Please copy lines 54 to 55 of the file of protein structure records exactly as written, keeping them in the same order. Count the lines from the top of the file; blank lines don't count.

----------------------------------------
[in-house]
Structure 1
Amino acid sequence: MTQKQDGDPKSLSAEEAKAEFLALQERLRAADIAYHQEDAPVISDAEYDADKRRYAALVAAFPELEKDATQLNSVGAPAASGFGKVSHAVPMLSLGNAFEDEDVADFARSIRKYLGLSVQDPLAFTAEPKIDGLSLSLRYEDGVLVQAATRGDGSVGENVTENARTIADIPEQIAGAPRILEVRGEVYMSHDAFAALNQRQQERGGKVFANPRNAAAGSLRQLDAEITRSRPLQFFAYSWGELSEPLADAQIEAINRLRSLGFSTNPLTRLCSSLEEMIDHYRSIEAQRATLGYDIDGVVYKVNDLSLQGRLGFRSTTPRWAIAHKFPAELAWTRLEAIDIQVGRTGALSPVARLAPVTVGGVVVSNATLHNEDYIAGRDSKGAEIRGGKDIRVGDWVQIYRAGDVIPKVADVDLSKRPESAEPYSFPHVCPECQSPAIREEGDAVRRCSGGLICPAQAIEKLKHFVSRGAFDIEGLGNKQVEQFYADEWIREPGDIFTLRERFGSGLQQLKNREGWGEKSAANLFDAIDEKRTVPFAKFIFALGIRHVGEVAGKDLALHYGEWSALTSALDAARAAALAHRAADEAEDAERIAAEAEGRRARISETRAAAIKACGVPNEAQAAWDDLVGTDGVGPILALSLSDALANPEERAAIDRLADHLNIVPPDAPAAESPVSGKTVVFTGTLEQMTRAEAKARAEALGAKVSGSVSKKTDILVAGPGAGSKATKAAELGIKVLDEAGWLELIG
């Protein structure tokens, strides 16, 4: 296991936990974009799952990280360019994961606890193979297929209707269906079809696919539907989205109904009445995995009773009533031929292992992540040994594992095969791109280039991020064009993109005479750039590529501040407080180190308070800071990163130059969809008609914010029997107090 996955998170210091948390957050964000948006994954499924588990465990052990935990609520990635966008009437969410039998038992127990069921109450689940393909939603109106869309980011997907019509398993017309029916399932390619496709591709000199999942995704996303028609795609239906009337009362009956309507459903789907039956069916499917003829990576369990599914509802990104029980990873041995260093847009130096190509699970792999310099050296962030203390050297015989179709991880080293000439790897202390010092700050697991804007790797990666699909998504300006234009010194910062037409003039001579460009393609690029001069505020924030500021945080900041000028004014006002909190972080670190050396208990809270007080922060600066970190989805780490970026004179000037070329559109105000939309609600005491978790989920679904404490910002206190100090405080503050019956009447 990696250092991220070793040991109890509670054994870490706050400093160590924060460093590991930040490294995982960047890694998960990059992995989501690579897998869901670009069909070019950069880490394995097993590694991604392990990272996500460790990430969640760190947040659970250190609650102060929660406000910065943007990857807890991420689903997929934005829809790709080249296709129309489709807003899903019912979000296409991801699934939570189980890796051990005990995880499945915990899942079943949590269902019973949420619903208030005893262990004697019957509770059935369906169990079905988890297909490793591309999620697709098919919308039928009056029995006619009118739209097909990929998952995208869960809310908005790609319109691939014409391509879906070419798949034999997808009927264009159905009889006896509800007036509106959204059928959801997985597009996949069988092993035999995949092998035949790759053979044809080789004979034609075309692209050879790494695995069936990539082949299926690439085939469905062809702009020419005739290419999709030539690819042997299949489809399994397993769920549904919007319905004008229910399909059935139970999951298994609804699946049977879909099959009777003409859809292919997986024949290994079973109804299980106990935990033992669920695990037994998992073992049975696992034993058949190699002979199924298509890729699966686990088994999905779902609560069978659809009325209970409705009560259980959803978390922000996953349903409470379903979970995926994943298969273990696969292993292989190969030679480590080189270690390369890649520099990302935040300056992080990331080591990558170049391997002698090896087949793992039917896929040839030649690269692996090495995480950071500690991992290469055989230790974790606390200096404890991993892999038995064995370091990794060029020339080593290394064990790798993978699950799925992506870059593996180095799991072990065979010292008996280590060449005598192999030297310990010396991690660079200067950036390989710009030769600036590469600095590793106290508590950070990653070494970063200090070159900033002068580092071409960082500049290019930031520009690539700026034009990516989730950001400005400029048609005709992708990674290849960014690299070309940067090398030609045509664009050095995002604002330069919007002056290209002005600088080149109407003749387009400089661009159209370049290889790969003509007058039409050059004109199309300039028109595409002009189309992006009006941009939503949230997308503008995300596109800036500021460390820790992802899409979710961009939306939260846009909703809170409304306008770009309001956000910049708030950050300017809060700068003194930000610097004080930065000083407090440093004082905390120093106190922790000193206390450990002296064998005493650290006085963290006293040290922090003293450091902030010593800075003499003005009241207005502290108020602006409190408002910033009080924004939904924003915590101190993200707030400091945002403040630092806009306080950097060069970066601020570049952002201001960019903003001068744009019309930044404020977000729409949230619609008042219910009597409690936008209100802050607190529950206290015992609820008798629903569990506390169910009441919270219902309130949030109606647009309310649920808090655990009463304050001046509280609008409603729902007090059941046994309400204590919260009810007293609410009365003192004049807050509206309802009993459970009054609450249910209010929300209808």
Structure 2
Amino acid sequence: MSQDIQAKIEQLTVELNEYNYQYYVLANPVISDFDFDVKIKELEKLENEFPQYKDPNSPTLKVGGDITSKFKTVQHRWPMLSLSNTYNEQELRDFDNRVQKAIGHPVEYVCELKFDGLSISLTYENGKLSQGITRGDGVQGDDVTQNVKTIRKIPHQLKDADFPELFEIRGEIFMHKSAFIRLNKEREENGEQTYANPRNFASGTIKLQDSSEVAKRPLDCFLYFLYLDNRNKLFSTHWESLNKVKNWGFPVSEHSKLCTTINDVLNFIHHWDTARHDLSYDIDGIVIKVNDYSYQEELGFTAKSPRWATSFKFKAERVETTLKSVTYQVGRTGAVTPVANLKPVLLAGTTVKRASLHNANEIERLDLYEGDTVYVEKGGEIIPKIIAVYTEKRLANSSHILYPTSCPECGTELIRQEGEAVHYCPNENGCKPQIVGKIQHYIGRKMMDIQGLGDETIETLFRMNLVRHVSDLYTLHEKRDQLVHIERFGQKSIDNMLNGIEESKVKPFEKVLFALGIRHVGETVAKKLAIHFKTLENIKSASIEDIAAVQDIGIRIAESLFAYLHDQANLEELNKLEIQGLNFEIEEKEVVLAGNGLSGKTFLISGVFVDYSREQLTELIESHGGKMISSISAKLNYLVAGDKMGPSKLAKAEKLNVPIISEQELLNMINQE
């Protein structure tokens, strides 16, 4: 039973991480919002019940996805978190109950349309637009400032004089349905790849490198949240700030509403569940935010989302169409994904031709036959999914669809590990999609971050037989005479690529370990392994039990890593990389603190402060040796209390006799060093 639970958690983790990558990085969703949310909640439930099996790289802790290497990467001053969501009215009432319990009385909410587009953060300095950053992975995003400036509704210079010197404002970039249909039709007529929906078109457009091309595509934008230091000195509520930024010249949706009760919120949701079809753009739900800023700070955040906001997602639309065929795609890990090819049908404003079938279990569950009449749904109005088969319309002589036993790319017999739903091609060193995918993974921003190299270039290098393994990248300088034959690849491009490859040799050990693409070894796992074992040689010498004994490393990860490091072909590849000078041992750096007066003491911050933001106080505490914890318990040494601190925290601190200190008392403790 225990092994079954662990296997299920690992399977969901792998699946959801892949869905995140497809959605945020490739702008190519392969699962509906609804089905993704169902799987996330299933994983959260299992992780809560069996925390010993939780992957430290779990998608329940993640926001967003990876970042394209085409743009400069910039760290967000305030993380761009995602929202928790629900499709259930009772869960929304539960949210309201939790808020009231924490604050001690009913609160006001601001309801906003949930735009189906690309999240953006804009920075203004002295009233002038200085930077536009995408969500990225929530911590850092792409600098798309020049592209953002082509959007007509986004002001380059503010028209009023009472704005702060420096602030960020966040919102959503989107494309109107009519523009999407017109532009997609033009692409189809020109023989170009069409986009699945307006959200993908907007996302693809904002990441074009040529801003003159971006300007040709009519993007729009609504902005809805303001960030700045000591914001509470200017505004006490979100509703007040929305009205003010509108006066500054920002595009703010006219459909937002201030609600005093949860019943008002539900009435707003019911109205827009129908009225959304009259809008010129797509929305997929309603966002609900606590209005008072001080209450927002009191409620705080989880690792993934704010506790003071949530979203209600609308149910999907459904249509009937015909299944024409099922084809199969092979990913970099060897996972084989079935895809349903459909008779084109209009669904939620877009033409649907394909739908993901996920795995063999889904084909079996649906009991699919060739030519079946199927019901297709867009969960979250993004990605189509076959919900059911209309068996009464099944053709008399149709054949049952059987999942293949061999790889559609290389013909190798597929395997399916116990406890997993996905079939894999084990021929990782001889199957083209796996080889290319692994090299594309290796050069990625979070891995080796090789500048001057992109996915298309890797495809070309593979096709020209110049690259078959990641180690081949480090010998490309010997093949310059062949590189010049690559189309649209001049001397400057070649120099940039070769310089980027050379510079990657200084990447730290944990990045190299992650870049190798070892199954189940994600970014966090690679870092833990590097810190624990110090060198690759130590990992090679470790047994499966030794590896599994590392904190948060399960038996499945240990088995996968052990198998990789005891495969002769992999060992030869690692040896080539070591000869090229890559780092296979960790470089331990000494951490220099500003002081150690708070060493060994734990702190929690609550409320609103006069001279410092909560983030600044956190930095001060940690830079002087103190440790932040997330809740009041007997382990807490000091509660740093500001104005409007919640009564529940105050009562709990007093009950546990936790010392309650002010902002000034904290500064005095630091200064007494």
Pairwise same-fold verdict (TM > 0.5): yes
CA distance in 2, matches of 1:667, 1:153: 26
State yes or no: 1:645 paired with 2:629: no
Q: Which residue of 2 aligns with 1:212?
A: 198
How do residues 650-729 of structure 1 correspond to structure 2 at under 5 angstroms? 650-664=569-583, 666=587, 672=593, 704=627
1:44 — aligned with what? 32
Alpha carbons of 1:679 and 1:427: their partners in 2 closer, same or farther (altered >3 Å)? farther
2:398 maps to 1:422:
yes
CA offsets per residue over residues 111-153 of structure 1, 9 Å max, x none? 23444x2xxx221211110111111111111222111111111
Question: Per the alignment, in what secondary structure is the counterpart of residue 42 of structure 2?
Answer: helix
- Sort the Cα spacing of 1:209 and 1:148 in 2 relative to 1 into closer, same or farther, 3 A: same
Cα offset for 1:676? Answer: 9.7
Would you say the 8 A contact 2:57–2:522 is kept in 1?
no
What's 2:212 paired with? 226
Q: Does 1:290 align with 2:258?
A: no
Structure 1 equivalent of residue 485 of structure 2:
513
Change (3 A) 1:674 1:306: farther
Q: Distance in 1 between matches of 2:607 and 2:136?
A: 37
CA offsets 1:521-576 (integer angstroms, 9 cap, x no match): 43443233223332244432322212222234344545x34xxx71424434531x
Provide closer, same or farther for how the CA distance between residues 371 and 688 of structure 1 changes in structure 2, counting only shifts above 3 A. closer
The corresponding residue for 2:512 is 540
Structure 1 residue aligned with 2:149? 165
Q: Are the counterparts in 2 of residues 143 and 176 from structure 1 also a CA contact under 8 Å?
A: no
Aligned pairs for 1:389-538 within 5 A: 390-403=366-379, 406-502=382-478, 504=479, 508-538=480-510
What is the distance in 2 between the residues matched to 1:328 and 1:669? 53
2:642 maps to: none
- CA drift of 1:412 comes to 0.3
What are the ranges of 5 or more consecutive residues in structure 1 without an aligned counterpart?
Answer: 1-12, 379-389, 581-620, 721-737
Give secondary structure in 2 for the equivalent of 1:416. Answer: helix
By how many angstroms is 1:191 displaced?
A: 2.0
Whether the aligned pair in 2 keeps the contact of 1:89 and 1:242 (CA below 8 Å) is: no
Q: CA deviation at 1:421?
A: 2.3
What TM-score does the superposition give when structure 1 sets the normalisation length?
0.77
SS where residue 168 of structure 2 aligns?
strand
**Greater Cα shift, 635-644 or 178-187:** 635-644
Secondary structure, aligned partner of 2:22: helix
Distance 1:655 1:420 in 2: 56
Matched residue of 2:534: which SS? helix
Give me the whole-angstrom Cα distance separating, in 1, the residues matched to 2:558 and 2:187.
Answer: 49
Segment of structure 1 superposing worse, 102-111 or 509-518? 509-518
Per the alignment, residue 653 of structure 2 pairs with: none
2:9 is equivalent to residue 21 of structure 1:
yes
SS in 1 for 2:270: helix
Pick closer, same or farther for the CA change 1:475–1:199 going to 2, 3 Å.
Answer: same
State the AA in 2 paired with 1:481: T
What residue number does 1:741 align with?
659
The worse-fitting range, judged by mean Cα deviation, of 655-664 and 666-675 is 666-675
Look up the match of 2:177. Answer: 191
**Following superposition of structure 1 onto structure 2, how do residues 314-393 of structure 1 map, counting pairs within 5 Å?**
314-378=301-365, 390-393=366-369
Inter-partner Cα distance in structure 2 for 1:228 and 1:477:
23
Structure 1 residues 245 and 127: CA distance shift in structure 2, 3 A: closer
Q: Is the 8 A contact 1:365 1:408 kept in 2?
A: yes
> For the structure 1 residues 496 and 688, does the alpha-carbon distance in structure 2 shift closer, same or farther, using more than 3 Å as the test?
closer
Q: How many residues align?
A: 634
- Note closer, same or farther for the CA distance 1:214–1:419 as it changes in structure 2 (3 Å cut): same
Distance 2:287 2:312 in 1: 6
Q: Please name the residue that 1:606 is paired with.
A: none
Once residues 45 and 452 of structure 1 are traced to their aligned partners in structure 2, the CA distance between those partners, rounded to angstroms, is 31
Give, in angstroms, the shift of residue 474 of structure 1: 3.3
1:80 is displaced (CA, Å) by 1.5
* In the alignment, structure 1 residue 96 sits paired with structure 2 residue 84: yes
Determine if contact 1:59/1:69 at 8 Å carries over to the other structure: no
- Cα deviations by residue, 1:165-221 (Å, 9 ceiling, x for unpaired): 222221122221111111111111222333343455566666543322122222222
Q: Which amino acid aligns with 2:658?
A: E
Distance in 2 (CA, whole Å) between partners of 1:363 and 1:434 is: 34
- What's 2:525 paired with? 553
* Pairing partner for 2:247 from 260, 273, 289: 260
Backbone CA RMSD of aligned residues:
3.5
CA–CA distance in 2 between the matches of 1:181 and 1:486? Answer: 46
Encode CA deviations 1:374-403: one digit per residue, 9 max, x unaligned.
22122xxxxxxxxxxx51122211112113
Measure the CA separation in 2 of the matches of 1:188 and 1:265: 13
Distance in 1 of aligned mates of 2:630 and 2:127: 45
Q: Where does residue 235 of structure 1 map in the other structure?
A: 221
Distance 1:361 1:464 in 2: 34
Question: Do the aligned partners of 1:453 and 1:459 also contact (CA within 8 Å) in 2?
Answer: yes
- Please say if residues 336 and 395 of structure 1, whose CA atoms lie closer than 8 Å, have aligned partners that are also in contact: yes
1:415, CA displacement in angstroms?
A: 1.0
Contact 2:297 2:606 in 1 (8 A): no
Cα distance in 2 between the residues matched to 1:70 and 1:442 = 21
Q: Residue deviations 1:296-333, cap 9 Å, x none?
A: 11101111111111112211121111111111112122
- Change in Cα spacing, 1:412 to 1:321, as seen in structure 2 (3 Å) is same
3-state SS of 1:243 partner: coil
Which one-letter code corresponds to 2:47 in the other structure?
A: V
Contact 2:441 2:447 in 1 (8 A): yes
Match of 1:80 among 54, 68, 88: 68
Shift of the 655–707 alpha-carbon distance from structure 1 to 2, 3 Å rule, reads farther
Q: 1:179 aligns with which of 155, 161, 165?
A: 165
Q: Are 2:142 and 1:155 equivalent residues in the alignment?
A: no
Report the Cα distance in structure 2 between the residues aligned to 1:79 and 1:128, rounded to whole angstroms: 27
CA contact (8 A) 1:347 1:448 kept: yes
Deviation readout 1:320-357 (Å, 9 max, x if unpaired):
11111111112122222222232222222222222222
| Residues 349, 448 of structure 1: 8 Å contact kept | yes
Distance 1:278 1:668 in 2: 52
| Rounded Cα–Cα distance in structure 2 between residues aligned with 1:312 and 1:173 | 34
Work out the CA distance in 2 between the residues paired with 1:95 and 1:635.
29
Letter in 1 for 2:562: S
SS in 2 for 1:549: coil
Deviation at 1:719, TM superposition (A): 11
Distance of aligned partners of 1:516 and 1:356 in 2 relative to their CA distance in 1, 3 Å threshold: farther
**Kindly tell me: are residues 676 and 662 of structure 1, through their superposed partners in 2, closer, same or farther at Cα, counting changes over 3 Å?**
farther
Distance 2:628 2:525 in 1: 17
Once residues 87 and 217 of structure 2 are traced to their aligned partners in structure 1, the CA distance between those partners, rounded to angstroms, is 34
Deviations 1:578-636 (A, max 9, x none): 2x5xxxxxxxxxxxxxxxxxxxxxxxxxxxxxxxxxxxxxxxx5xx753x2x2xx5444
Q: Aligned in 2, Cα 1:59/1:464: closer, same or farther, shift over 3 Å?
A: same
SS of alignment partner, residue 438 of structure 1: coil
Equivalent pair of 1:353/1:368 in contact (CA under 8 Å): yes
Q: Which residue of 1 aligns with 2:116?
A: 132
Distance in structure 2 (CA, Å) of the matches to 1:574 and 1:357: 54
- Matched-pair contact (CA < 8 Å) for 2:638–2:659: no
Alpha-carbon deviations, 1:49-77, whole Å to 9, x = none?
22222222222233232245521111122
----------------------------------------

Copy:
strand
**Greater Cα shift, 635-644 or 178-187:** 635-644